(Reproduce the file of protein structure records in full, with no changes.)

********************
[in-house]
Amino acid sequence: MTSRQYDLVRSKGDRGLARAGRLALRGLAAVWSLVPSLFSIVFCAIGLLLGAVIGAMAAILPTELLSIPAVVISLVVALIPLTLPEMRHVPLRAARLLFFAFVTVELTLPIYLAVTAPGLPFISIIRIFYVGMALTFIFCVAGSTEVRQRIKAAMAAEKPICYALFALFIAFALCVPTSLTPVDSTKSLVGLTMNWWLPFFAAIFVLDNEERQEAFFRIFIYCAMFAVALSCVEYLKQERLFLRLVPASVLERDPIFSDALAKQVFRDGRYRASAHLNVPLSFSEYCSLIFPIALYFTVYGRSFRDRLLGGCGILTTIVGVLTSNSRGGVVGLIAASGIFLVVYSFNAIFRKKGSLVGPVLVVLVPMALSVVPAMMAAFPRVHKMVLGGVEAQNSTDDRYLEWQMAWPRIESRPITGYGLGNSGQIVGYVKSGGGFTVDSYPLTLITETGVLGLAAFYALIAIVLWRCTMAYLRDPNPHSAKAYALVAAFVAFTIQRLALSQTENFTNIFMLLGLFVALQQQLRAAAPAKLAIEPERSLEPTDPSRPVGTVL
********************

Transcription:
[in-house]
Amino acid sequence: MTSRQYDLVRSKGDRGLARAGRLALRGLAAVWSLVPSLFSIVFCAIGLLLGAVIGAMAAILPTELLSIPAVVISLVVALIPLTLPEMRHVPLRAARLLFFAFVTVELTLPIYLAVTAPGLPFISIIRIFYVGMALTFIFCVAGSTEVRQRIKAAMAAEKPICYALFALFIAFALCVPTSLTPVDSTKSLVGLTMNWWLPFFAAIFVLDNEERQEAFFRIFIYCAMFAVALSCVEYLKQERLFLRLVPASVLERDPIFSDALAKQVFRDGRYRASAHLNVPLSFSEYCSLIFPIALYFTVYGRSFRDRLLGGCGILTTIVGVLTSNSRGGVVGLIAASGIFLVVYSFNAIFRKKGSLVGPVLVVLVPMALSVVPAMMAAFPRVHKMVLGGVEAQNSTDDRYLEWQMAWPRIESRPITGYGLGNSGQIVGYVKSGGGFTVDSYPLTLITETGVLGLAAFYALIAIVLWRCTMAYLRDPNPHSAKAYALVAAFVAFTIQRLALSQTENFTNIFMLLGLFVALQQQLRAAAPAKLAIEPERSLEPTDPSRPVGTVL